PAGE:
Communicating climate change data

Nell Law, First emblem design
for ANARE (Australian National Research Expeditions) (1947)

The Going South: the Phillip Law Commemorative Science Symposium further convinced me of the value in combining subjective responses to Antarctica with scientific data.

Law’s response to Antarctica was both scientific and aesthetic (sensory). A potent expression of this is the emblem that he commissioned from his wife, the artist Nell Law, for the Australian National Antarctica Research Expeditions (ANARE) organisation, which he established in the 1940s.

At the symposium, scientists presented their climate change data with stories about Law. By the end of the day, the awesome reality of global climate change had combined in my mind with awe-inspiring memories of being in Antarctica and I wondered how many others in the room responded in this way.

With permissions from each speaker (apart from one researcher who discussed results that are yet to be published), I made sound recordings and was provided with .ppt files of the data sets presented at the Symposium. Now the challenge is to engage more people with this important climate change information. How can this be achieved most effectively and quickly?

To make on-line versions of presentations and connect these to as many people as possible?

Symposium Programme:

Celebrating career and contributions of the late Dr Philip Law AC CBE FAA FTSE, Director of the Australian Antarctic Division from 1949 to 1966, the successful symposium was held on 15 September 2010.

The event provided an overview Antarctic Science and its relevance and importance to Australia.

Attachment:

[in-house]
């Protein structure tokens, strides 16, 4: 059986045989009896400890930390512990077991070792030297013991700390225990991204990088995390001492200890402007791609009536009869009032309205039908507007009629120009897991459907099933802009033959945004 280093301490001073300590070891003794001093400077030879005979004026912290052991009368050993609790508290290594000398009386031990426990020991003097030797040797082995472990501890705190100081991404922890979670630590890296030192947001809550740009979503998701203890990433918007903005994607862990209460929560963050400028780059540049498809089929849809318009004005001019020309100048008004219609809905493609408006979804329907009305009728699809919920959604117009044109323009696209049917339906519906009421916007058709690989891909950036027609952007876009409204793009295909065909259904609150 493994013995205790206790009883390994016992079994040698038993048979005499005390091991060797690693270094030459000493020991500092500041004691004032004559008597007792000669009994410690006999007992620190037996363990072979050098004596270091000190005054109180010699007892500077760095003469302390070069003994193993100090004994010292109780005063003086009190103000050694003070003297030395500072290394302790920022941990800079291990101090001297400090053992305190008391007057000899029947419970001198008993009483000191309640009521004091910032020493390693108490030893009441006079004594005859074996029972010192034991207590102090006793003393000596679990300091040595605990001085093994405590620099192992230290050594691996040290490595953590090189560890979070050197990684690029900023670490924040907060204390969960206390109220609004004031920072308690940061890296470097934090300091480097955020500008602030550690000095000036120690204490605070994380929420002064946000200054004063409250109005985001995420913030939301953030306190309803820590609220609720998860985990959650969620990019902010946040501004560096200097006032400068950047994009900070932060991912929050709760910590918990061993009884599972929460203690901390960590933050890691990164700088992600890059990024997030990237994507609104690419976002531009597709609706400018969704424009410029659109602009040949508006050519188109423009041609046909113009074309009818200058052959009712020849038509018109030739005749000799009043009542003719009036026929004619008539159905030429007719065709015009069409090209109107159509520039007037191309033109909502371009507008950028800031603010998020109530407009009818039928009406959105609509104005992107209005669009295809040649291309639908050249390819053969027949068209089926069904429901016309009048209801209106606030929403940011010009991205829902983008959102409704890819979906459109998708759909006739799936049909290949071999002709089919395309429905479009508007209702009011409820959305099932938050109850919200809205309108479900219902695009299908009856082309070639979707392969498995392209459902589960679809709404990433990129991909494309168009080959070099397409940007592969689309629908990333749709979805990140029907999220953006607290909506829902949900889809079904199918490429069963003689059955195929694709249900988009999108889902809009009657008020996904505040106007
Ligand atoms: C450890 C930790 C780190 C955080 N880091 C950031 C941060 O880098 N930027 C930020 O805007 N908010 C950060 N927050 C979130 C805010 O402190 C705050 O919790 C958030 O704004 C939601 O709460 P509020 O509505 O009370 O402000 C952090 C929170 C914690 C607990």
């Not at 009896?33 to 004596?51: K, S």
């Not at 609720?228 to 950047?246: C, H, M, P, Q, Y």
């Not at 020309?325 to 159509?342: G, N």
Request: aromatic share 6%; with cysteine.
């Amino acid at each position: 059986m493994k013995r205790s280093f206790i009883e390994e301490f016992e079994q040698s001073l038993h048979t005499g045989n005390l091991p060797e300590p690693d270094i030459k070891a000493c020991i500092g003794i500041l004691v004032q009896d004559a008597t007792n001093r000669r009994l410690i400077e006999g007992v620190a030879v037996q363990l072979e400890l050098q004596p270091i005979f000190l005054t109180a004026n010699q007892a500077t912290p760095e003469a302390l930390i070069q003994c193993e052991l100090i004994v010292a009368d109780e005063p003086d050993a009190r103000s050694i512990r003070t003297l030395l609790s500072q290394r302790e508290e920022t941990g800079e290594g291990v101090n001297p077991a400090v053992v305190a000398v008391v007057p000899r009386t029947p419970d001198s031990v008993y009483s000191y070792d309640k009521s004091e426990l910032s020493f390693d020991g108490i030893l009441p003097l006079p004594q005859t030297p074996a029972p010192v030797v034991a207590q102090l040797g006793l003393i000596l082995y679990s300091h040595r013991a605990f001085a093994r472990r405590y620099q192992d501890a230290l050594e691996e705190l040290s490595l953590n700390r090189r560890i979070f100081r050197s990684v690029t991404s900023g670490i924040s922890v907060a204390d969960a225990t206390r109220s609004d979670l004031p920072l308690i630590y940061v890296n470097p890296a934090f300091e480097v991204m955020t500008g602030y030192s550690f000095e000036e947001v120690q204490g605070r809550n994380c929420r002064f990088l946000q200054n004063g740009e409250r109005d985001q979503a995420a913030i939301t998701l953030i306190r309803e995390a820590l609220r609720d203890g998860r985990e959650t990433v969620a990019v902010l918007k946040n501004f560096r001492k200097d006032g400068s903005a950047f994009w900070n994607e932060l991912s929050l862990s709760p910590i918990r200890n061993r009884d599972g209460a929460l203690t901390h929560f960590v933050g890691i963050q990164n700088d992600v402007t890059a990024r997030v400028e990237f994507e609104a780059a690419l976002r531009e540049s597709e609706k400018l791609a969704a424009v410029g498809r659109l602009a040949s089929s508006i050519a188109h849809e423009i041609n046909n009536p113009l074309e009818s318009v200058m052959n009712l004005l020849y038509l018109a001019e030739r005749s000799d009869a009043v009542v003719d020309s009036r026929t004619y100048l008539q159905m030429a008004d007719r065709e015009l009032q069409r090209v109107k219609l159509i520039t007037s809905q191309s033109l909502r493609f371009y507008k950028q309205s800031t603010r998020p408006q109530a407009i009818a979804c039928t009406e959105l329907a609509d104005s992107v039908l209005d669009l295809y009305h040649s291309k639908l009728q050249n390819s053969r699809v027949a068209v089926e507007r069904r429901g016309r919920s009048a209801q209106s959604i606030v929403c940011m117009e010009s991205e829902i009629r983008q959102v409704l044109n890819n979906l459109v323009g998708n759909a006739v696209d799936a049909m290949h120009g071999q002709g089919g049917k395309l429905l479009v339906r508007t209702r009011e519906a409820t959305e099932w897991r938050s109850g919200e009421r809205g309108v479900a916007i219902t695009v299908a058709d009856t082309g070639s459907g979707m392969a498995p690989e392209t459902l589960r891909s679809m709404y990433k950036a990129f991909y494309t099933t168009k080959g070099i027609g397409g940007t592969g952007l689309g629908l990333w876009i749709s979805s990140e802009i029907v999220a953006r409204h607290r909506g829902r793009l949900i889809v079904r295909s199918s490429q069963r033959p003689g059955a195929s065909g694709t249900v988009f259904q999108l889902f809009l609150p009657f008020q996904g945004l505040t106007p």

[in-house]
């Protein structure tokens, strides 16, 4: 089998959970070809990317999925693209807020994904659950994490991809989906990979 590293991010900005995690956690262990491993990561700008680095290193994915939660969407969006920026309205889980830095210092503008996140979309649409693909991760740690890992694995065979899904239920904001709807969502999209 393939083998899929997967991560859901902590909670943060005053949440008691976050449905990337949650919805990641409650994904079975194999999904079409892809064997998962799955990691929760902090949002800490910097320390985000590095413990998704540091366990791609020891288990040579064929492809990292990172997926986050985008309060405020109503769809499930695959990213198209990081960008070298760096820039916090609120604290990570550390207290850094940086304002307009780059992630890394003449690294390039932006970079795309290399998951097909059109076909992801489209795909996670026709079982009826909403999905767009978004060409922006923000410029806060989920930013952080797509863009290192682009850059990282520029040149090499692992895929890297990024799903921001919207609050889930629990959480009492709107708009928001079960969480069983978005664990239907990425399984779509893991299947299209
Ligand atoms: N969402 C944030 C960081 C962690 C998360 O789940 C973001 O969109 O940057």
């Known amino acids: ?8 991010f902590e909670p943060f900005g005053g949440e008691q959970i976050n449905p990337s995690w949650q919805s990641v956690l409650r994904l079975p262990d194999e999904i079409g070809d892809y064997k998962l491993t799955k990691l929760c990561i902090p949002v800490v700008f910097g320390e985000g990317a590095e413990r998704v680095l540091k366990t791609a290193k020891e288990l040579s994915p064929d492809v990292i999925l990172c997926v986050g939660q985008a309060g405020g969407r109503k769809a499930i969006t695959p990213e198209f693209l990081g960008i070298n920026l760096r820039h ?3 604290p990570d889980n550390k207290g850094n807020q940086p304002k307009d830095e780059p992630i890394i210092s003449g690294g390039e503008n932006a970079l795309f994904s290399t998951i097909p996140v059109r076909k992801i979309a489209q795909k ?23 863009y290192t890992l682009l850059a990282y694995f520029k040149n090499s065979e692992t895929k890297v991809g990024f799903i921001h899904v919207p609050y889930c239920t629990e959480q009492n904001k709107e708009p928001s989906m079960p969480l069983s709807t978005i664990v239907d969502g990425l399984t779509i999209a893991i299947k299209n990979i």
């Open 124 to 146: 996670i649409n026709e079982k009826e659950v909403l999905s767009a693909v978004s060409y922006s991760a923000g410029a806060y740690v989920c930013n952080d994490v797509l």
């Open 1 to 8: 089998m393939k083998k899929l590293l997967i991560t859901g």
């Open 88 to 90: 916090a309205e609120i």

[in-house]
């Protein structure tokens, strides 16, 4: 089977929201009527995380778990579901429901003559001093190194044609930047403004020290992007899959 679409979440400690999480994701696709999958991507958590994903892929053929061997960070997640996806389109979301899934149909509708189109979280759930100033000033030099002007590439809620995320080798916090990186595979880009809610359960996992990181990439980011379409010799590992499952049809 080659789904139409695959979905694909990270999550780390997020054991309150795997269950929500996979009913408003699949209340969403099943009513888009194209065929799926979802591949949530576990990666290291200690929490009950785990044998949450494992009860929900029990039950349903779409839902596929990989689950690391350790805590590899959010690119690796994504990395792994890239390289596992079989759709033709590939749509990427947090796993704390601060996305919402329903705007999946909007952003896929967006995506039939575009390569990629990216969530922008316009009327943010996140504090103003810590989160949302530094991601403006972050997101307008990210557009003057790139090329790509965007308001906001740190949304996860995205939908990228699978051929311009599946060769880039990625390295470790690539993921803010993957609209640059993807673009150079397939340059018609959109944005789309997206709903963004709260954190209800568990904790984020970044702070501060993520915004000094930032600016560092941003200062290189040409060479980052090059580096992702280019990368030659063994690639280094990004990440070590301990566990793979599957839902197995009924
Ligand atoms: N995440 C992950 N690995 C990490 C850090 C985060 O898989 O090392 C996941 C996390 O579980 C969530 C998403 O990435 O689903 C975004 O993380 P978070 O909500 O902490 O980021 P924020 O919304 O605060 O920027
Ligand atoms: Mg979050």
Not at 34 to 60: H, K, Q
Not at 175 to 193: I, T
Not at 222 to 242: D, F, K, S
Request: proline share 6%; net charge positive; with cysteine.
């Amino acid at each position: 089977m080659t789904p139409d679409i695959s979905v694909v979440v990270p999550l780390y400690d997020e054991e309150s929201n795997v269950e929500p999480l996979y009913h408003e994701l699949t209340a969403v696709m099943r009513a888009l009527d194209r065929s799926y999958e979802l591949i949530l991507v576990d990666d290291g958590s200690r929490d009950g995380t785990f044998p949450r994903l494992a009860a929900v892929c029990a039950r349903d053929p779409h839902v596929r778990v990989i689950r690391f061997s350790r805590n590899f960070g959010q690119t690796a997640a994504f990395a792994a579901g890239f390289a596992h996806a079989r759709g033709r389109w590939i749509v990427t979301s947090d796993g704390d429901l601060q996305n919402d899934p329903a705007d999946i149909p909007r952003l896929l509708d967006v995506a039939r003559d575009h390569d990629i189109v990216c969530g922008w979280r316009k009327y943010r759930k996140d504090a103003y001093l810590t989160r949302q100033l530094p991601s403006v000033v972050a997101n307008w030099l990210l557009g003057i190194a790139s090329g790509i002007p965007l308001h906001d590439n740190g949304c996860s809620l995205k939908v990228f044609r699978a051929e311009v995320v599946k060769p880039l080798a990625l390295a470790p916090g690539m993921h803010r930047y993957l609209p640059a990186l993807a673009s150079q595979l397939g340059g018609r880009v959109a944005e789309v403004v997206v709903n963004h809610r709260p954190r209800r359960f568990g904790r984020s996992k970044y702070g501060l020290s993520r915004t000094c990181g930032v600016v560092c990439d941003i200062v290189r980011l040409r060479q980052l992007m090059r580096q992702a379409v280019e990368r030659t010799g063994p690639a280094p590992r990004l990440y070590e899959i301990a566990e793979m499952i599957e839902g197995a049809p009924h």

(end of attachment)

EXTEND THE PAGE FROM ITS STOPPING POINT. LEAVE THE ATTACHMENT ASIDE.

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Chair: John Zillman
9.25-9.45: Welcome: Peter Laver – Vice President of ATSE Official Opening: Minister (TBC)
9.45-10.15 Conquering the Challenges: Phillip Law and Antarctica – Fred Elliott and Ian Toohill (ANARE)
10.15-10.45 Australia and Antarctica – a long and natural association – Patrick Quilty, University of Tasmania

10.45-11.00 Break

Chair: Lyn Maddock
11.00-11.30 The evolution of Antarctic Science – the power of new technology – John Gunn, Australian Antarctic Division
11.30-12.00 Ice in Antarctica – the role of the ice sheet and surrounding sea ice in global climate – Tony Worby, Australian Antarctic Division
12.00-12.30 Vulnerability of Antarctic mosses to freezing injury with climate warming – Marilyn Ball, Australian National University

12.30 -1.00 Lunch

Chair Tony Press
1.00- 1.30 Marine Ecosystem Research in the Southern Ocean – Australian scientific contributions 1981 to the present – Steve Nicol, Australian Antarctic Division
1.30-2.00 From physics to predators: how Antarctic mammals are influenced by the Southern Ocean – Mark Hindell, University of Tasmania
2.00-2.30 Ocean acidification- the other C02 impact – Will Howard, Office of Chief Scientist
2.30 -3.00 The global reach of the southern ocean – Steve Rintoul and Susan Wijffels, CSIRO

3.00-3.15 Break

Chair (TBC)
3.15-3.45 Antarctic ice cores and climate: the past as a tool for understanding the future – Tas van Ommen, Australian Antarctic Division
3.45-4.15 Recent changes and future outlooks for Antarctic climate – Ian Simmonds, University of Melbourne
4.15-4.30 Closing – Barry Jones